for x in mylist:  # also works on any iterable


Python’s for loop is a range-based for loop, unlike C’s for loop which is really just a fancy while loop.

Generating Ranges

The generator function range creates an iterable for looping over a sequence of numbers. The syntax is range(start, stop, step).

  • start is the number to start on
  • stop is the number to stop before
  • step is the amount to increment each time
for i in range(0, 5, 1):

Optional Parameters

Both start and step are optional, and if omitted, will be assumed to be 0 and 1 respectively.

Iterating Works on Many Types of Objects

These range based for loops are supported by a wide variety of objects.

for k, v in my_dictionary.items():  # dictionaries
    print(k, v)

for line in files:  # files

for i, element in enumerate(my_list):  # when you need the index too
    print(i, element)

Pairing Iteration Structures with else

In Python, you can pair an else block with for and while. The block will be executed only if the loop finishes without encountering a break statement.

An example of this can be seen below:

for i in range(10):
    x = input("Enter your guess: ")
    if i == x:
        print("You win!")
    print("Truly incompetent!")


mylist = [1, 2, 3, 4]

# syntax is [start:stop:step], step optional
mylist[1:3] # => [2, 3]

# unused parameters can be ommited
mylist[::-1] # => [4, 3, 2, 1]

# without the first element
mylist[1:] # => [2, 3, 4]

# without the last element
mylist[:-1] # => [1, 2, 3]

Tuple Expansion & Collection

Multiple assignments work like so:

names = ("R. Stallman", "L. Torvalds", "E. Dijkstra")
a, b, c = names

* can be used to collect a tuple:

# drop the lowest and highest grade
grades = (79, 81, 93, 95, 99)
lowest, *grades, highest = grades

The same can be done to expand a tuple in a function call:

# Each grade becomes a separate argument


To define a function in Python, use the def syntax:

def myfun(arg1, arg2, arg3):
    if arg1 == 'hello':
        return arg2
    return arg3

Even if your function does not take arguments, you still need the parentheses:

def noargs():
    print("I'm all lonely without arguments...")

Keyword Arguments

When we define a function in Python we may define keyword arguments. Keyword arguments differ from positional arguments in that keyword arguments:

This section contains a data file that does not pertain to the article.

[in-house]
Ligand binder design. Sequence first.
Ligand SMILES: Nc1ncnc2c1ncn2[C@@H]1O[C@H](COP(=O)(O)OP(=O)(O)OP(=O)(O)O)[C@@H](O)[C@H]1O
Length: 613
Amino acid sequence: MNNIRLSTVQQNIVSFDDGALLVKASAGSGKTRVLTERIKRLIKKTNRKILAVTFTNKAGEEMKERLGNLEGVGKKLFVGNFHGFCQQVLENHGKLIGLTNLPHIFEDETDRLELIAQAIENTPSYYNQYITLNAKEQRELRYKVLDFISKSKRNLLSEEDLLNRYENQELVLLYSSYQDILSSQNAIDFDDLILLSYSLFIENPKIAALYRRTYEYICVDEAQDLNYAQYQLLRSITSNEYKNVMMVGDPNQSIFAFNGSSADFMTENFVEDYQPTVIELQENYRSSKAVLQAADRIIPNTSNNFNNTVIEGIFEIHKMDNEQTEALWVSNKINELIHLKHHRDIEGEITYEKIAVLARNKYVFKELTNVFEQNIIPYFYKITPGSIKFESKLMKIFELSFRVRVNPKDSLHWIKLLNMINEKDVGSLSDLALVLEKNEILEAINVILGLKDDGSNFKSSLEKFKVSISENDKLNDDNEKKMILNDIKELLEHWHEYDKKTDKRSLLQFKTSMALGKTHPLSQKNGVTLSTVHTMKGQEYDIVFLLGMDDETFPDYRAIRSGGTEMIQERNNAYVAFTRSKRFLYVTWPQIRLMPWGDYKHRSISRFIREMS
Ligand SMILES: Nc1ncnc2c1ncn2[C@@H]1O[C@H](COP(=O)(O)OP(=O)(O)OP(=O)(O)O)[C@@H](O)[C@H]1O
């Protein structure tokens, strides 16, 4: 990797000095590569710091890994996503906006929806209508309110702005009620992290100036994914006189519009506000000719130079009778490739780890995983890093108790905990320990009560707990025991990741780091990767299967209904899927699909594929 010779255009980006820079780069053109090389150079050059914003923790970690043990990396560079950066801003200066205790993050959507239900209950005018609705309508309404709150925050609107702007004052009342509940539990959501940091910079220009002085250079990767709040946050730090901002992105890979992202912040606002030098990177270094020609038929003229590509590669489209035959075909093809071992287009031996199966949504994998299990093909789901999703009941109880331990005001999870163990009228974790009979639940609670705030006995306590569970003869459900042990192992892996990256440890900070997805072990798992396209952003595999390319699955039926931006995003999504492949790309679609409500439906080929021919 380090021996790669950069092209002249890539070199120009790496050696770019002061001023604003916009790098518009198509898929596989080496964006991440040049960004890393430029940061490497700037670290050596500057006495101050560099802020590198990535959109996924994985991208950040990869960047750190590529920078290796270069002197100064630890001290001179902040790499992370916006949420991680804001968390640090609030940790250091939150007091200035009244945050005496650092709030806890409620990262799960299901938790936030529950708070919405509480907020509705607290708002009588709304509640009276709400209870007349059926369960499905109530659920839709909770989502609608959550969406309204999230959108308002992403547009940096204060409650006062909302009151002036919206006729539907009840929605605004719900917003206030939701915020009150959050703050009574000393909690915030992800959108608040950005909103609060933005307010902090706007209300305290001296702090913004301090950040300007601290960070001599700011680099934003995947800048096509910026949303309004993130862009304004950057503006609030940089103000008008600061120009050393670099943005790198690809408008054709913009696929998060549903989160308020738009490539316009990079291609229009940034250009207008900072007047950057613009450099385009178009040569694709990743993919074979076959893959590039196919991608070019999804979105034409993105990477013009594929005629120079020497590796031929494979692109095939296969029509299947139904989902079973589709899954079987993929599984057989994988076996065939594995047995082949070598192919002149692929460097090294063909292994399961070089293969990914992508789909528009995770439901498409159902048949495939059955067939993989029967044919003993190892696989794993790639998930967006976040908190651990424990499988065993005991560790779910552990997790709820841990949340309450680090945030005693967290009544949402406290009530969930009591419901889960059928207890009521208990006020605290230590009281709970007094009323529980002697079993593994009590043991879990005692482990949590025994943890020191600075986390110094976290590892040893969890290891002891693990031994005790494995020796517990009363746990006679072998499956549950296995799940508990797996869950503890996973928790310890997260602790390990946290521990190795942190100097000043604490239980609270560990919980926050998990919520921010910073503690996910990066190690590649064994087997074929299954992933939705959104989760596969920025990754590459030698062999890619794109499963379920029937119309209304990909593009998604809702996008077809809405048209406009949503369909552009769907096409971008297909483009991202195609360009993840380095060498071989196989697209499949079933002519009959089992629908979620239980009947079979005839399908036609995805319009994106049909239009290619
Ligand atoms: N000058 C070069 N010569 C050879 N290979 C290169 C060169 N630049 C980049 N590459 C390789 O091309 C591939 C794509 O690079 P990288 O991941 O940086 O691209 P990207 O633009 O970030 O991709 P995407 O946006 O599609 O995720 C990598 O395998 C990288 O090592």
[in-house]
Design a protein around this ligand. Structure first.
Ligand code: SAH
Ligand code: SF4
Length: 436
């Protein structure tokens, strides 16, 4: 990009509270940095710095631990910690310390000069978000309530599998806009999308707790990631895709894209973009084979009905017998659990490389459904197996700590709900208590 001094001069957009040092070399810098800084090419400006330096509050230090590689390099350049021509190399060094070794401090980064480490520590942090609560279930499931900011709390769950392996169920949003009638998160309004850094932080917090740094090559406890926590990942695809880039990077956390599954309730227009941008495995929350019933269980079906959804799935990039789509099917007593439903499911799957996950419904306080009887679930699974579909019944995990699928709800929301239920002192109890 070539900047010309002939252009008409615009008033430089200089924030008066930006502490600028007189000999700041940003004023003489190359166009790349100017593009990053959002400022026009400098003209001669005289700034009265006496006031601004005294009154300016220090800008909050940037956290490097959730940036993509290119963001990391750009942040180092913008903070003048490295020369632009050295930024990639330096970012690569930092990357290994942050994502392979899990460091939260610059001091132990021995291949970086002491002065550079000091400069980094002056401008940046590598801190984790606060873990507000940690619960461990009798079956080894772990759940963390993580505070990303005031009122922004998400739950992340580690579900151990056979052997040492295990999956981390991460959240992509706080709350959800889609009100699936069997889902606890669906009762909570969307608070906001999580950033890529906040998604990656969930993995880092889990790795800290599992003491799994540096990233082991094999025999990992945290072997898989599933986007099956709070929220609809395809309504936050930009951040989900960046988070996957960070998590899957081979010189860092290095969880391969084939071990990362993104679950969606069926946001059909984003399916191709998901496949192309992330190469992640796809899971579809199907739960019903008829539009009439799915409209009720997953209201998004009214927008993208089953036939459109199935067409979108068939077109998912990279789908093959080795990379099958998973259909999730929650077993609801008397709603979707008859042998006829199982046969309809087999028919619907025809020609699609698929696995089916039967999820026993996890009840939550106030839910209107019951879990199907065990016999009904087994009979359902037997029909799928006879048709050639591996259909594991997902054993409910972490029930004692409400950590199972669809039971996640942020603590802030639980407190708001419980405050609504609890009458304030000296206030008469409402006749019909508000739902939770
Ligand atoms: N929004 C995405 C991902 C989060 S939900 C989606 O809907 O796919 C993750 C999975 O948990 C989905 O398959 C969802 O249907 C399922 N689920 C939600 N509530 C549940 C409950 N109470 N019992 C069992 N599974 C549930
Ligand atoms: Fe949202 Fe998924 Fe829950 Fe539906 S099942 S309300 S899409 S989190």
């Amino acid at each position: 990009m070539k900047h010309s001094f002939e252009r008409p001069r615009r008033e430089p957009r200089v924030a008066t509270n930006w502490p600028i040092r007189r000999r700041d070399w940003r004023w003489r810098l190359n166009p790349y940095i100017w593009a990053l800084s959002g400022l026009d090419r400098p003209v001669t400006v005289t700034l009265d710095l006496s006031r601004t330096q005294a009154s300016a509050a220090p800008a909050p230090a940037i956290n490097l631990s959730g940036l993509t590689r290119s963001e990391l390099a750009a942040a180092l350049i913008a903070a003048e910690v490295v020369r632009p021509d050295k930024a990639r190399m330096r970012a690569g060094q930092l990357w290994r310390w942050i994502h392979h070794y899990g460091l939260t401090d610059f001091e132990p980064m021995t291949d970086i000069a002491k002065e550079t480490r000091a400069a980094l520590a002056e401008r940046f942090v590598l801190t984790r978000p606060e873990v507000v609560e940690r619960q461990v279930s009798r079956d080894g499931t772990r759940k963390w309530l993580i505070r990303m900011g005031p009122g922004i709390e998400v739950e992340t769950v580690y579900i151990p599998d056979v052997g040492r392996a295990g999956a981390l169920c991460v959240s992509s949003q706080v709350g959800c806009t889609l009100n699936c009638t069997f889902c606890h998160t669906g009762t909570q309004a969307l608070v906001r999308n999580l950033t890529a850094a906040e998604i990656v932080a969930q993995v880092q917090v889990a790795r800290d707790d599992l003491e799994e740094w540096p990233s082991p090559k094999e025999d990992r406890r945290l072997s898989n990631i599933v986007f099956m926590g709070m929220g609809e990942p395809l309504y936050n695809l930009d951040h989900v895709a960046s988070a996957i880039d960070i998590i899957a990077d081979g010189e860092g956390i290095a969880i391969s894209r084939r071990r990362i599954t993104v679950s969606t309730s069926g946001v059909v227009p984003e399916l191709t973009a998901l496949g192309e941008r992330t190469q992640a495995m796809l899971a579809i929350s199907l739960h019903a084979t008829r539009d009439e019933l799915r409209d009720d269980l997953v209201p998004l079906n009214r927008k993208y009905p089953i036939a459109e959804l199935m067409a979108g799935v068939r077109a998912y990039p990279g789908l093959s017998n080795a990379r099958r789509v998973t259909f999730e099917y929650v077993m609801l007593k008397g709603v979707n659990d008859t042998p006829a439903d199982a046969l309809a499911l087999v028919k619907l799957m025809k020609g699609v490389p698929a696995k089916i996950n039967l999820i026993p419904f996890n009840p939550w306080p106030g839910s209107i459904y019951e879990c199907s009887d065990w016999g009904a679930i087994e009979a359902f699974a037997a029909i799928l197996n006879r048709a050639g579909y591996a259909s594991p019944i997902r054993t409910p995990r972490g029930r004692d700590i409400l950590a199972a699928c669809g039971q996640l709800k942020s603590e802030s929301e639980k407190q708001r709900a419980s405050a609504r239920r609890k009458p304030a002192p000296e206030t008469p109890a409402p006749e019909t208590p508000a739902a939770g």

• Take a default value if unspecified
  • Can be placed either in order or out of order:
    • In order: arguments are assigned in the order of the function definition
    • Out of order: the argument name is written in the call
  • Positional and keyword arguments can be mixed, so as long as the positional arguments go first.

Keyword Arguments: Example

def point_twister(x, y=1, z=0):
    return x + 2*z - y

# all of these are valid calls
print(point_twister(1, 2, 3))       # x=1, y=2, z=3
print(point_twister(1, 2))          # x=1, y=2, z=0
print(point_twister(1))             # x=1, y=1, z=0
print(point_twister(1, z=2, y=0))   # x=1, y=0, z=2
print(point_twister(1, z=2))        # x=1, y=1, z=2

Style Note

PEP 8 says that we should place spaces around our “=” in assignments, but these are not assignments, and should be written without spaces around the “=”.

Passing a Dictionary as the Keyword Arguments

Just like a tuple or list can be expanded to the positional arguments of a function call using *some_tuple, a dictionary can be expanded to the keyword arguments of a function using **some_dict. For example:

my_point = {'x': 10, 'y': 15, 'z': 20}

*args and **kwargs

Python allows you to define functions that take an arbitrary number of positional arguments (*args) or keyword arguments (**kwargs). In principle, this really just works like tuple expansion/collection.

def crazyprinter(*args, **kwargs):
    for arg in args:
    for k, v in kwargs.items():
        print("{}={}".format(k, v))

crazyprinter("hello", "cheese", bar="foo")
# hello
# cheese
# bar=foo

The names args and kwargs are merely a convention. For example, you could use the names rest and kwds instead if you wanted.

*args and **kwargs: Another Example

def fancy_args(a, b, *args, c=10, **kwargs):
    print("a is", a)
    print("b is", b)
    print("c is", c)
    print("args is", args)
    print("kwargs is", kwargs)

fancy_args(1, 2, 3, 4, c=15, d=16, e=17)
# a is 1
# b is 2
# c is 15
# args is (3, 4)
# kwargs is {'d': 16, 'e': 17}